Weight -80 to 90% of TYpe 2 are overweight -establish ideal body weight -Overweight: loss of 10 to 20 lbs
Diet -medical nutrition therapy -keep glucose, lipids, & weight as close to normal as possible -1600, 1800 cal ADA diet -Carb Counting: (60g limit meals, 30g limit snacks)
Oral Drug Therapy -If A1C > 8, start lifestyle changes -Avoid clinical inertia
What are some Insulin Stimulators (squeeze pancreas)? sulfonylureas -glimipride -glipizide -glyburide -meglitimide
What are some Insulin sensitizers? Thiazolidinediones (actos)
What are some liver blockers? Biguanide (metformin) DPP4s: "gliptins" (keeps BS down without side effects of sulfa-drugs)
Sulfonylureas -stimulating pancreas to release insulin -hypoglycemia most common side effect -First generation no longer used -2nd generation: (-ide)1/2 hr ac
Biguanides 1st drug of choice (metformin) used alone or in combo. --suppresses glucose production in liver -increases tissue sensitivity to insulin -doesn't stimulate insulin secreation (no hypoglycemia) -Enhances weight loss -GI Upset, diarrhea, take with mea
Meglitinides -Helps pancrease make more insulin -Take w/ meals -Very expensive -Causes gas -Nateglinide (starlix) -Repaglinide (prandin)
Alpha-glucosidase inhibitors -Take with 1st bite of food -work in digestive tract -excreted by kidneys -blocks action of enzyme that breaks down carbs -no hypoglycemia -SE: flatuence -Acarbose (precose) & miglitol (glyset)
Thiazolidinediones (TZDs) -decrease insulin resistence -wt gain -swelling (may indicate CHF) -may preserve beta cell function -class effect + CHF -risk of osteoporosis in post menopausal women -Avandia (rosiglitazone) (off market)
Dipeptidyl peptidase-4 (DPP IV) inhibitors -latest class -reduces blood glucose -"Gliptins" -inhibits degredation of GLP-1 -doses based on creatinine clearance -once daily w/ or w/o meal -no hypoglycemia -no GI SE with metformin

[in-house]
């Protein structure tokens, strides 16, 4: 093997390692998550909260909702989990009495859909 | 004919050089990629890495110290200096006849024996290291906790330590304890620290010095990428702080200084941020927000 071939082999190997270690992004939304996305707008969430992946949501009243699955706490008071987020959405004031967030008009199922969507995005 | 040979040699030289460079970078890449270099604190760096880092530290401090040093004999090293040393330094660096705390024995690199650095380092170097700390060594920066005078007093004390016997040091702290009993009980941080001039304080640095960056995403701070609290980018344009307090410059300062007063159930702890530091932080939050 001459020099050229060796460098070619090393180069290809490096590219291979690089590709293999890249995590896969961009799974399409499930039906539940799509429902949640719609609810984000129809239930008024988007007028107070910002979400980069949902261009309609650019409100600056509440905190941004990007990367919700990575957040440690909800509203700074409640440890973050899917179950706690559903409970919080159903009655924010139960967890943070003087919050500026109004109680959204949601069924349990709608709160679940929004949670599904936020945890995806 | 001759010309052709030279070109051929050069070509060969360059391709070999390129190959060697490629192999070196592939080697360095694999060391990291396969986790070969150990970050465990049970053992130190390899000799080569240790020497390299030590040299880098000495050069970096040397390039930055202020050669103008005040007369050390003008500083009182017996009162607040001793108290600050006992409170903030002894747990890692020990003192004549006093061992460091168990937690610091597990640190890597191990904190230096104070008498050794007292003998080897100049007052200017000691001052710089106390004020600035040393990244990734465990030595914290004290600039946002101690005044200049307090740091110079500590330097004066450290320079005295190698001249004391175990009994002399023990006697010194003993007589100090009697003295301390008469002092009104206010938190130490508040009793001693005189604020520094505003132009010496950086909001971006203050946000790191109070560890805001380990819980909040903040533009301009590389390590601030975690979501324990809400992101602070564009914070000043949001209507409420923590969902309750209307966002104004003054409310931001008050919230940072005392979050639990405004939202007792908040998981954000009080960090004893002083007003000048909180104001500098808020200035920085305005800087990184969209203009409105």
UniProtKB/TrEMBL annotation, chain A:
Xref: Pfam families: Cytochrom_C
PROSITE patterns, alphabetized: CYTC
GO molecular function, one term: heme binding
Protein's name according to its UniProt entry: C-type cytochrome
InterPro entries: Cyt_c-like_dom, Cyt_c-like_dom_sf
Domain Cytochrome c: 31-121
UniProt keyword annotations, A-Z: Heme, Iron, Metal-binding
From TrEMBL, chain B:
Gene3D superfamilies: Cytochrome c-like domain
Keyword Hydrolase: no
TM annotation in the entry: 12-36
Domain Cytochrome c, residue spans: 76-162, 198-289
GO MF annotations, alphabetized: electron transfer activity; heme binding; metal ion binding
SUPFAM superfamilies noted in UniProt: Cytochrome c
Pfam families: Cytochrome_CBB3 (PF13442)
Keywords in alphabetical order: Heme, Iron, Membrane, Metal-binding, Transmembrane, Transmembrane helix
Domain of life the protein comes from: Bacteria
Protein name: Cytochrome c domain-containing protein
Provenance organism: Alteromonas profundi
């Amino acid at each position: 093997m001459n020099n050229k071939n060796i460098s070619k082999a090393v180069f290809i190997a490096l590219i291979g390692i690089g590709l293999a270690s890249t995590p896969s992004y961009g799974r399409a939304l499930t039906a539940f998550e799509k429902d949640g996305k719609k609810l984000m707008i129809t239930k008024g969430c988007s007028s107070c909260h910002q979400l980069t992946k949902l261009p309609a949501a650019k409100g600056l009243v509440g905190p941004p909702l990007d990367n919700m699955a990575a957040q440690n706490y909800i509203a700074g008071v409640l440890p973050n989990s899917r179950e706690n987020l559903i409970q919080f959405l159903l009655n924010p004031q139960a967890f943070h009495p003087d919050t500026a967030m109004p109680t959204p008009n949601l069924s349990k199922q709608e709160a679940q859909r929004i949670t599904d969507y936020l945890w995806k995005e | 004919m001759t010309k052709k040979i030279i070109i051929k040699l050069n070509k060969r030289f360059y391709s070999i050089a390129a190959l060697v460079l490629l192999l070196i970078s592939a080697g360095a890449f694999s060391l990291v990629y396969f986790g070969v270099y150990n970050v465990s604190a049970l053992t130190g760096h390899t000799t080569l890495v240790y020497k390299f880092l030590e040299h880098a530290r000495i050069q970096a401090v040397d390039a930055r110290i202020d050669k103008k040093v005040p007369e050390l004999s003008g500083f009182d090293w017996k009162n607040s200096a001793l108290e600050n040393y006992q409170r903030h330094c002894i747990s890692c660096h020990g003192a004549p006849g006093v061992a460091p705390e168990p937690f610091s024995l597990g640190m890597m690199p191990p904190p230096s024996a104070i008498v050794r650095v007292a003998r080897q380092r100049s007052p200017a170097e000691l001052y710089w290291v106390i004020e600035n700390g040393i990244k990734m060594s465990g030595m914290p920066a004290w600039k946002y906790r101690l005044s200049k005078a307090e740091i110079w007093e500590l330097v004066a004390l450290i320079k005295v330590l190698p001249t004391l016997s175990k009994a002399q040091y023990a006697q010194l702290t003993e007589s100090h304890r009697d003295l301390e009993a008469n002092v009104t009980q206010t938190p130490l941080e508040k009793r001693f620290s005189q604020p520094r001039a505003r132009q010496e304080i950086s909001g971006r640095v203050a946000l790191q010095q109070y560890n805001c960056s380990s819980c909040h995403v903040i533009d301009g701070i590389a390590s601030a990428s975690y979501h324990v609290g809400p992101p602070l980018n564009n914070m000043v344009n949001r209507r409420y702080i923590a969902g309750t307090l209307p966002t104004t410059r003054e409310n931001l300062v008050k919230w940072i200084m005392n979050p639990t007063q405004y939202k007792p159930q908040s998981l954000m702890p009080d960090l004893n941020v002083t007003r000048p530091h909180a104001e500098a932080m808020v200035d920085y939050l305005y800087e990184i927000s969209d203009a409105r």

Combo Drugs -Glycovance (glyburide & Metoformin) -Metaglip (glipizide & Metformin) -Janumet (Januvia & Metformin)
Combo Treatment -insulin +sulfonylurea -insulin + Metformin -insulin + alpha-glycosidase inhibitor -insulin + thiazolidinedione minimizes cost
Injectable Meds Amylin analog: pramlintide (symlin) Incretin mimetics: exenatide (Byetta) Incretin mimetics: liraglitude (Victoza) Insulin
Insulins All are hypoglycemics Differ in a) speed of onset b) time of peak action c) duration
Types of insulin Rapid, Short, intermediate, & long-acting Basal: controls fasting blood sugar (once per day) Bolus: controls meal time insulin
Rapid Insulin Onset: < 15 min Peak: 0.5 to 1.5 hrs Duration: 4 to 6 houris Out of system after meal is digested Ex. Lispro (Humalog), Aspart (Novolog)
Short Insulin Onset: 30 to 60 minutes (already finished meal) Peak: 2 to 4 hours (meal had digested) Duration: 6 to 8 hours (risk for hypoglycemia before nxt meal) Ex. Novolin R, Humulin R, regular insulin
Intermediate Insulin (bid insulins) Onset: 1 to 4 hours Peak: 6 to 12 hours Duration 12 to 18 hours these are being phased out Ex. NpH, Novolin, Humalin
Long acting Insulin Onset: 6 to 14 hours Peak: many small peaks Duration: 18 to 36 hours Ex. Glargine (Lantas), Detemir (Levemir)
Mixed Insulin (bid dosing) Novolin 70/30=Novolin & Regular Humalin 70/30=Humalin & Regular Novolog 70/30=Novolog 12 hr & Novolog Short acting Humalog 75/25=Humalog 12 hour & Humalog Short Acting Humalog 50/50=Humalog 12 hour & Humalog short acting